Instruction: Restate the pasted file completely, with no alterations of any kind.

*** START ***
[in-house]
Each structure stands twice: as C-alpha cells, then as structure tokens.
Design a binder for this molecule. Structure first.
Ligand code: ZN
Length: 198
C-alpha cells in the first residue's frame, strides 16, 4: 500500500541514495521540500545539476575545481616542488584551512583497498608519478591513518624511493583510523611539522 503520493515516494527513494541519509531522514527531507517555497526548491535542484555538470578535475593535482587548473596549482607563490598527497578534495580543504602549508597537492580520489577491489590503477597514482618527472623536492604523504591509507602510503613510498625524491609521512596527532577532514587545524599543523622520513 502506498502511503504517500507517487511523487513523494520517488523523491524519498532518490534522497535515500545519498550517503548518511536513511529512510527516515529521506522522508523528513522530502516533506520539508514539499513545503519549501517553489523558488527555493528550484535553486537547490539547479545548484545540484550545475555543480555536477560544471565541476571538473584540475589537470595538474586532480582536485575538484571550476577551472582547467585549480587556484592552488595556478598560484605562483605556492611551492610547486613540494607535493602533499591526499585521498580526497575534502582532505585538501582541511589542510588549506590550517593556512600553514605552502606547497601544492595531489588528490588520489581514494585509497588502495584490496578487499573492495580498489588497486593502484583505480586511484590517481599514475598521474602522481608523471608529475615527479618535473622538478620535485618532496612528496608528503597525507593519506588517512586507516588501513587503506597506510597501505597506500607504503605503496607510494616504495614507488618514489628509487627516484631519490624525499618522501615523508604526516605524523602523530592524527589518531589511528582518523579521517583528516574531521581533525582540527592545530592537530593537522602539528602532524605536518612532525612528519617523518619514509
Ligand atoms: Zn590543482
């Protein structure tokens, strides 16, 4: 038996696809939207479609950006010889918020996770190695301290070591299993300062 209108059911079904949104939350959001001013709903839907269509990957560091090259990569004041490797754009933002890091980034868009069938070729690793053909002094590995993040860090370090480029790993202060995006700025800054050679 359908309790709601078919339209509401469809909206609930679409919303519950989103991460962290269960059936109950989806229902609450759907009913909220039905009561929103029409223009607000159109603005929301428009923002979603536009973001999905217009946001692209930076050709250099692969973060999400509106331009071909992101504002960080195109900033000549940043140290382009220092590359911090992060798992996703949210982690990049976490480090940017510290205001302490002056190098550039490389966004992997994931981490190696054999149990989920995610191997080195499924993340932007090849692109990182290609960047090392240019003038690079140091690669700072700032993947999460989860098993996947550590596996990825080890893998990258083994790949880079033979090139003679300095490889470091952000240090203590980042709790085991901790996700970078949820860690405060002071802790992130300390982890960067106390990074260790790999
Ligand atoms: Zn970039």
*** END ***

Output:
[in-house]
Each structure stands twice: as C-alpha cells, then as structure tokens.
Design a binder for this molecule. Structure first.
Ligand code: ZN
Length: 198
C-alpha cells in the first residue's frame, strides 16, 4: 500500500541514495521540500545539476575545481616542488584551512583497498608519478591513518624511493583510523611539522 503520493515516494527513494541519509531522514527531507517555497526548491535542484555538470578535475593535482587548473596549482607563490598527497578534495580543504602549508597537492580520489577491489590503477597514482618527472623536492604523504591509507602510503613510498625524491609521512596527532577532514587545524599543523622520513 502506498502511503504517500507517487511523487513523494520517488523523491524519498532518490534522497535515500545519498550517503548518511536513511529512510527516515529521506522522508523528513522530502516533506520539508514539499513545503519549501517553489523558488527555493528550484535553486537547490539547479545548484545540484550545475555543480555536477560544471565541476571538473584540475589537470595538474586532480582536485575538484571550476577551472582547467585549480587556484592552488595556478598560484605562483605556492611551492610547486613540494607535493602533499591526499585521498580526497575534502582532505585538501582541511589542510588549506590550517593556512600553514605552502606547497601544492595531489588528490588520489581514494585509497588502495584490496578487499573492495580498489588497486593502484583505480586511484590517481599514475598521474602522481608523471608529475615527479618535473622538478620535485618532496612528496608528503597525507593519506588517512586507516588501513587503506597506510597501505597506500607504503605503496607510494616504495614507488618514489628509487627516484631519490624525499618522501615523508604526516605524523602523530592524527589518531589511528582518523579521517583528516574531521581533525582540527592545530592537530593537522602539528602532524605536518612532525612528519617523518619514509
Ligand atoms: Zn590543482
């Protein structure tokens, strides 16, 4: 038996696809939207479609950006010889918020996770190695301290070591299993300062 209108059911079904949104939350959001001013709903839907269509990957560091090259990569004041490797754009933002890091980034868009069938070729690793053909002094590995993040860090370090480029790993202060995006700025800054050679 359908309790709601078919339209509401469809909206609930679409919303519950989103991460962290269960059936109950989806229902609450759907009913909220039905009561929103029409223009607000159109603005929301428009923002979603536009973001999905217009946001692209930076050709250099692969973060999400509106331009071909992101504002960080195109900033000549940043140290382009220092590359911090992060798992996703949210982690990049976490480090940017510290205001302490002056190098550039490389966004992997994931981490190696054999149990989920995610191997080195499924993340932007090849692109990182290609960047090392240019003038690079140091690669700072700032993947999460989860098993996947550590596996990825080890893998990258083994790949880079033979090139003679300095490889470091952000240090203590980042709790085991901790996700970078949820860690405060002071802790992130300390982890960067106390990074260790790999
Ligand atoms: Zn970039």